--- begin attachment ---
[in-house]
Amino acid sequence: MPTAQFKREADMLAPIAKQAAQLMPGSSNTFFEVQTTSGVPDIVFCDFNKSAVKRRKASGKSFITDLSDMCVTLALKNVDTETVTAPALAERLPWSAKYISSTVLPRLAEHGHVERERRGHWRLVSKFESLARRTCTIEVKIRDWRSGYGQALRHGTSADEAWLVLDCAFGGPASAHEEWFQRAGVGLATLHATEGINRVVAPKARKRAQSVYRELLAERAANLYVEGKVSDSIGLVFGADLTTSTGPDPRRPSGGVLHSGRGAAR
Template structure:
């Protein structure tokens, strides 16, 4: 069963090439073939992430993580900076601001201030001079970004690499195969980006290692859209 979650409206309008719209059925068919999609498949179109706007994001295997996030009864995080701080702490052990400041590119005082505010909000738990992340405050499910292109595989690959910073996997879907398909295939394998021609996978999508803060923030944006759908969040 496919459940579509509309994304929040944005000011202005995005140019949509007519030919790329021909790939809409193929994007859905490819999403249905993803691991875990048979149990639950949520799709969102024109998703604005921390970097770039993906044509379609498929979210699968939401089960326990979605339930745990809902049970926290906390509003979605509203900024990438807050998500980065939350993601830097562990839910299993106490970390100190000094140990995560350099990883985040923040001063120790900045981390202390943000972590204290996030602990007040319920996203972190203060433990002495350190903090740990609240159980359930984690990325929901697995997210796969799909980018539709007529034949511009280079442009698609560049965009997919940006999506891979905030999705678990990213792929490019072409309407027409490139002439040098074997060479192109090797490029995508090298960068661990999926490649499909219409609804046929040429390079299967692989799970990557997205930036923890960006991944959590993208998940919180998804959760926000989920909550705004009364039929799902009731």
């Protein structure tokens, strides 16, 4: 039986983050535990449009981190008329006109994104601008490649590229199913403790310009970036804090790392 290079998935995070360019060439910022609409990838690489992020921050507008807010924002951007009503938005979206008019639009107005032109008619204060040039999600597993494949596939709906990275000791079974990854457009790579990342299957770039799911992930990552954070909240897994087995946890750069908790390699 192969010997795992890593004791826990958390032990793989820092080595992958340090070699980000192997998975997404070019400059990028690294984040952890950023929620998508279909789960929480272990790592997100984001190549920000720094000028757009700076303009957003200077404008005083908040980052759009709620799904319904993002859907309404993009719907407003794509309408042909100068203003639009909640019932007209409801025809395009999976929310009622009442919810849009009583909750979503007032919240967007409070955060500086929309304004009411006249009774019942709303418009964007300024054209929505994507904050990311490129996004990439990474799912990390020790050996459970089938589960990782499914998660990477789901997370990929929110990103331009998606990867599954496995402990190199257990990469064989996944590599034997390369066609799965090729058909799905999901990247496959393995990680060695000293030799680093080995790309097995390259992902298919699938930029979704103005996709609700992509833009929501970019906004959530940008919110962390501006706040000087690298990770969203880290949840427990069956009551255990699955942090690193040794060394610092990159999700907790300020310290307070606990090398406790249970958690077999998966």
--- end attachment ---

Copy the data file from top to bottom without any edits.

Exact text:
[in-house]
Amino acid sequence: MPTAQFKREADMLAPIAKQAAQLMPGSSNTFFEVQTTSGVPDIVFCDFNKSAVKRRKASGKSFITDLSDMCVTLALKNVDTETVTAPALAERLPWSAKYISSTVLPRLAEHGHVERERRGHWRLVSKFESLARRTCTIEVKIRDWRSGYGQALRHGTSADEAWLVLDCAFGGPASAHEEWFQRAGVGLATLHATEGINRVVAPKARKRAQSVYRELLAERAANLYVEGKVSDSIGLVFGADLTTSTGPDPRRPSGGVLHSGRGAAR
Template structure:
């Protein structure tokens, strides 16, 4: 069963090439073939992430993580900076601001201030001079970004690499195969980006290692859209 979650409206309008719209059925068919999609498949179109706007994001295997996030009864995080701080702490052990400041590119005082505010909000738990992340405050499910292109595989690959910073996997879907398909295939394998021609996978999508803060923030944006759908969040 496919459940579509509309994304929040944005000011202005995005140019949509007519030919790329021909790939809409193929994007859905490819999403249905993803691991875990048979149990639950949520799709969102024109998703604005921390970097770039993906044509379609498929979210699968939401089960326990979605339930745990809902049970926290906390509003979605509203900024990438807050998500980065939350993601830097562990839910299993106490970390100190000094140990995560350099990883985040923040001063120790900045981390202390943000972590204290996030602990007040319920996203972190203060433990002495350190903090740990609240159980359930984690990325929901697995997210796969799909980018539709007529034949511009280079442009698609560049965009997919940006999506891979905030999705678990990213792929490019072409309407027409490139002439040098074997060479192109090797490029995508090298960068661990999926490649499909219409609804046929040429390079299967692989799970990557997205930036923890960006991944959590993208998940919180998804959760926000989920909550705004009364039929799902009731």
């Protein structure tokens, strides 16, 4: 039986983050535990449009981190008329006109994104601008490649590229199913403790310009970036804090790392 290079998935995070360019060439910022609409990838690489992020921050507008807010924002951007009503938005979206008019639009107005032109008619204060040039999600597993494949596939709906990275000791079974990854457009790579990342299957770039799911992930990552954070909240897994087995946890750069908790390699 192969010997795992890593004791826990958390032990793989820092080595992958340090070699980000192997998975997404070019400059990028690294984040952890950023929620998508279909789960929480272990790592997100984001190549920000720094000028757009700076303009957003200077404008005083908040980052759009709620799904319904993002859907309404993009719907407003794509309408042909100068203003639009909640019932007209409801025809395009999976929310009622009442919810849009009583909750979503007032919240967007409070955060500086929309304004009411006249009774019942709303418009964007300024054209929505994507904050990311490129996004990439990474799912990390020790050996459970089938589960990782499914998660990477789901997370990929929110990103331009998606990867599954496995402990190199257990990469064989996944590599034997390369066609799965090729058909799905999901990247496959393995990680060695000293030799680093080995790309097995390259992902298919699938930029979704103005996709609700992509833009929501970019906004959530940008919110962390501006706040000087690298990770969203880290949840427990069956009551255990699955942090690193040794060394610092990159999700907790300020310290307070606990090398406790249970958690077999998966």